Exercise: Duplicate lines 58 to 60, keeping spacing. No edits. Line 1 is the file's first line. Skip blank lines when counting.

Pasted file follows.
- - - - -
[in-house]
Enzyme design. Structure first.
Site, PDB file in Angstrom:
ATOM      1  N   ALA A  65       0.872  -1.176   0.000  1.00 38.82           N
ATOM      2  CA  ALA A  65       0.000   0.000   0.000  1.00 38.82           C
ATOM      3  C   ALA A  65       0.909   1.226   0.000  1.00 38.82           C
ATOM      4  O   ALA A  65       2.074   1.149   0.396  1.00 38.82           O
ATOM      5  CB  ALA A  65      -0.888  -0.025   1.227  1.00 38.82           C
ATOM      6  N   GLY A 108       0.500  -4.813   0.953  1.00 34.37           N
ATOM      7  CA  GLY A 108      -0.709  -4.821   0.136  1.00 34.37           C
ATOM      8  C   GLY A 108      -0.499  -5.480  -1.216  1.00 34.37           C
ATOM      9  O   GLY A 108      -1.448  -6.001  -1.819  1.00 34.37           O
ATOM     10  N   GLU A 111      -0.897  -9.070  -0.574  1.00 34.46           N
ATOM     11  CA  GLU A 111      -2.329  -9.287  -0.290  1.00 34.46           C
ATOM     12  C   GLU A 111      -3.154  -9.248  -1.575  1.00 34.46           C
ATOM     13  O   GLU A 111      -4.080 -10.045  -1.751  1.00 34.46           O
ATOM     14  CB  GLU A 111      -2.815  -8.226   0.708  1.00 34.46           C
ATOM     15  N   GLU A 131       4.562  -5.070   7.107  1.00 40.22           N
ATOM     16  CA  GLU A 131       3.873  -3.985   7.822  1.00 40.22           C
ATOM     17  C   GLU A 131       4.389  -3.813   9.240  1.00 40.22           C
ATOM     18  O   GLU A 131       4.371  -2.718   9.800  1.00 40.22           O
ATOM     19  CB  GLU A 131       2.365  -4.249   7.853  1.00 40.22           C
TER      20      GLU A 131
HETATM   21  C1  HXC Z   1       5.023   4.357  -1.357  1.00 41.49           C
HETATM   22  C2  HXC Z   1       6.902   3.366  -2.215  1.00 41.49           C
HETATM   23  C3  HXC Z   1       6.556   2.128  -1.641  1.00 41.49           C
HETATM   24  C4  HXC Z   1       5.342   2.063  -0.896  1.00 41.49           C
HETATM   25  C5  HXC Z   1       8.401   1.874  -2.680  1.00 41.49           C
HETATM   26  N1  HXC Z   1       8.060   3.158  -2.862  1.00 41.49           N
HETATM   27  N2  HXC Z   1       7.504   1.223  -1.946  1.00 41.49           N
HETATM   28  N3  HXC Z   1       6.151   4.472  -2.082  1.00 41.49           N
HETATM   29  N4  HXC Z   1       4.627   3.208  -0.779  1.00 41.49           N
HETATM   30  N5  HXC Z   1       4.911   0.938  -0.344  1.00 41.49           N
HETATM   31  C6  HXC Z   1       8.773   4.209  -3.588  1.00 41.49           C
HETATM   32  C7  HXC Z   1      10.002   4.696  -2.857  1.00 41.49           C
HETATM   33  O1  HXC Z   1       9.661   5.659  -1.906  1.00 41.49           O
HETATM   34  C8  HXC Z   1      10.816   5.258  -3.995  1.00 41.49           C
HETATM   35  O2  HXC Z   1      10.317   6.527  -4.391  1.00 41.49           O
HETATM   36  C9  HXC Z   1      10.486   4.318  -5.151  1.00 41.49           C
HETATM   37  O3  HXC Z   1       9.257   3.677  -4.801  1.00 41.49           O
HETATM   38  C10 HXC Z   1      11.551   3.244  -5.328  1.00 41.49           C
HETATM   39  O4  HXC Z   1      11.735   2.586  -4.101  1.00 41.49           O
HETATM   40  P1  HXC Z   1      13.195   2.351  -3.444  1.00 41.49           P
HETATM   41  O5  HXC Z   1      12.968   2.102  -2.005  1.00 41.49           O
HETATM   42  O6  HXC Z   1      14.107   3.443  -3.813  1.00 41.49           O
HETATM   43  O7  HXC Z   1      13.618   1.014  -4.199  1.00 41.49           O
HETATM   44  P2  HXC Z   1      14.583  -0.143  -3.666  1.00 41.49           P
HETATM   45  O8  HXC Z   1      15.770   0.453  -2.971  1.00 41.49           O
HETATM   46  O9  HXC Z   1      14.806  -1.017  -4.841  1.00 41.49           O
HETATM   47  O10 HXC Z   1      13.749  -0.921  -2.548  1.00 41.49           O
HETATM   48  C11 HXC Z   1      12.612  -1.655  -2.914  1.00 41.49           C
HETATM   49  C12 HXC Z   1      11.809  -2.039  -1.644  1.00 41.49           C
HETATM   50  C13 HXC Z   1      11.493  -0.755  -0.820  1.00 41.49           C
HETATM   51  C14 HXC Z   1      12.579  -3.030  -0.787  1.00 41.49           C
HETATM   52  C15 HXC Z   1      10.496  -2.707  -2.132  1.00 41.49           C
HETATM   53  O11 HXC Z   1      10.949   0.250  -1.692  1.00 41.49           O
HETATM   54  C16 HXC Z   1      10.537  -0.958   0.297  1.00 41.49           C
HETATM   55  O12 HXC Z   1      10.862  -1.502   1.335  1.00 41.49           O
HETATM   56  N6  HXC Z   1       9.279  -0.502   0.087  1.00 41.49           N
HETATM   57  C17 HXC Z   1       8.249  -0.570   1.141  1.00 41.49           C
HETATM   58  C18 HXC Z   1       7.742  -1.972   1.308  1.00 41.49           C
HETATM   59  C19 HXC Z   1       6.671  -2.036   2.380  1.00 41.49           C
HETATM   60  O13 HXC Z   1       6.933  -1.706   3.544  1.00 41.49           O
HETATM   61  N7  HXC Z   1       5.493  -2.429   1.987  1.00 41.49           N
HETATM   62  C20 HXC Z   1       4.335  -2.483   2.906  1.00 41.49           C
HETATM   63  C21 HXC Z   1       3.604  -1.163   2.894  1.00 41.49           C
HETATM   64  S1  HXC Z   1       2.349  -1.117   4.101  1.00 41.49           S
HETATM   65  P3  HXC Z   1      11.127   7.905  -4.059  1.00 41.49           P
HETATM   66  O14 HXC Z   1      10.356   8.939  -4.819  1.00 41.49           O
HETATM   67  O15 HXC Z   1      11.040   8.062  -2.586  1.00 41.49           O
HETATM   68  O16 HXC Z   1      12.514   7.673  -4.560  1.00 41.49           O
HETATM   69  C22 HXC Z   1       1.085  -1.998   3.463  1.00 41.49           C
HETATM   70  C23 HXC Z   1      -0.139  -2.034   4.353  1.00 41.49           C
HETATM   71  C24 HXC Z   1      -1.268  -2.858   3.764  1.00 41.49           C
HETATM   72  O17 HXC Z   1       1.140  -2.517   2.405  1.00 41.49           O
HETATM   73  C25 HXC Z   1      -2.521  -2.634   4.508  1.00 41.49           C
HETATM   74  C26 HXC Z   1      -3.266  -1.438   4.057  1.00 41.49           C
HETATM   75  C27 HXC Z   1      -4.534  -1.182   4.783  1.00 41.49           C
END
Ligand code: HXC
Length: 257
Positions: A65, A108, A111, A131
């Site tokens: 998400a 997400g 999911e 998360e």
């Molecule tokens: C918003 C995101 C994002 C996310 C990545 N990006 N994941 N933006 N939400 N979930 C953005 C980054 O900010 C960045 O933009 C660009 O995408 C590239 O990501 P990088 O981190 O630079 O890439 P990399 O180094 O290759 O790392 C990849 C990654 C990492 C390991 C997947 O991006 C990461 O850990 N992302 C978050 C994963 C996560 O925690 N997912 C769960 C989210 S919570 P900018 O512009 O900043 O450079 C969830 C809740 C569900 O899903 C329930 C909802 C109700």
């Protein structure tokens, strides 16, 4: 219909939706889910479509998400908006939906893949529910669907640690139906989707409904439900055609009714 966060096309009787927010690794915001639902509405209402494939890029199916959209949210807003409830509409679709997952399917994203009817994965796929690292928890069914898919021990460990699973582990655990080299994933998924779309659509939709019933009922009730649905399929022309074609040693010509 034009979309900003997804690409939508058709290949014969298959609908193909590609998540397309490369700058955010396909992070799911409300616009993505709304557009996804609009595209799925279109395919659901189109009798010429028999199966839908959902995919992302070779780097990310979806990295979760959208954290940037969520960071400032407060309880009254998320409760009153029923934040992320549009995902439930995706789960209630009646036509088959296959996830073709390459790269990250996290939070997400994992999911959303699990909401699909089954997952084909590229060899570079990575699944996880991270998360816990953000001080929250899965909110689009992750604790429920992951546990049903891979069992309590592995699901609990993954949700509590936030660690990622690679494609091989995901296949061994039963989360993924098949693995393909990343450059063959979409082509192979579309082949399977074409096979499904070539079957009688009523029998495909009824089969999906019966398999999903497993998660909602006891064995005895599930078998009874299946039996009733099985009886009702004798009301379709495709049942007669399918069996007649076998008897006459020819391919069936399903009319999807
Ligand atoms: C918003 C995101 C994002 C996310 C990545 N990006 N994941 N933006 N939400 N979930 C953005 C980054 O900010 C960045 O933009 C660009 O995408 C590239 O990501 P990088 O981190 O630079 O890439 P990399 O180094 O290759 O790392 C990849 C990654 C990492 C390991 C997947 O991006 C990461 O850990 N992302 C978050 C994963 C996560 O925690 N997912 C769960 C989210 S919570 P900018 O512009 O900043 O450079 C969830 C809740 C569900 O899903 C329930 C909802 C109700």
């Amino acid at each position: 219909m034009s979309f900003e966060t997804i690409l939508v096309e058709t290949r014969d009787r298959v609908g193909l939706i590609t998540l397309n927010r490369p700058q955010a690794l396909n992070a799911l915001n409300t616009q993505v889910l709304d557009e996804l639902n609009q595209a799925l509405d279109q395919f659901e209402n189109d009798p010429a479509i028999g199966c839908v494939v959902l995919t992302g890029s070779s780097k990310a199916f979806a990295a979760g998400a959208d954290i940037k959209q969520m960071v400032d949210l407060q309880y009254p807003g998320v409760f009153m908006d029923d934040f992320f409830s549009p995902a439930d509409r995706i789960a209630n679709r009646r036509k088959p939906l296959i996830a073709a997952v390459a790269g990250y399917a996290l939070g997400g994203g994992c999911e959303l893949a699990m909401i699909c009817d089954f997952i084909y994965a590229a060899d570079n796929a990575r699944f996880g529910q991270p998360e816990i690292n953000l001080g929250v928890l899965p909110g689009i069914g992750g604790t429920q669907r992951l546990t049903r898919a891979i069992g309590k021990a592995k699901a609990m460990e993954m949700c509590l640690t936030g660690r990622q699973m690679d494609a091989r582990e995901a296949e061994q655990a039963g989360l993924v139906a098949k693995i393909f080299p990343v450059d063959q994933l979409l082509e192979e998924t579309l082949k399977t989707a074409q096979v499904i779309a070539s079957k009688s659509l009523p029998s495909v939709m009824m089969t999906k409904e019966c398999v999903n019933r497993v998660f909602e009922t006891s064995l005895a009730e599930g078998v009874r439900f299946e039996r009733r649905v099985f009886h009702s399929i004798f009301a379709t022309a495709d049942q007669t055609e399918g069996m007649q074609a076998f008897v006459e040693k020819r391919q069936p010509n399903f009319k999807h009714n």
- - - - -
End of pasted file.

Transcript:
HETATM   55  O12 HXC Z   1      10.862  -1.502   1.335  1.00 41.49           O
HETATM   56  N6  HXC Z   1       9.279  -0.502   0.087  1.00 41.49           N
HETATM   57  C17 HXC Z   1       8.249  -0.570   1.141  1.00 41.49           C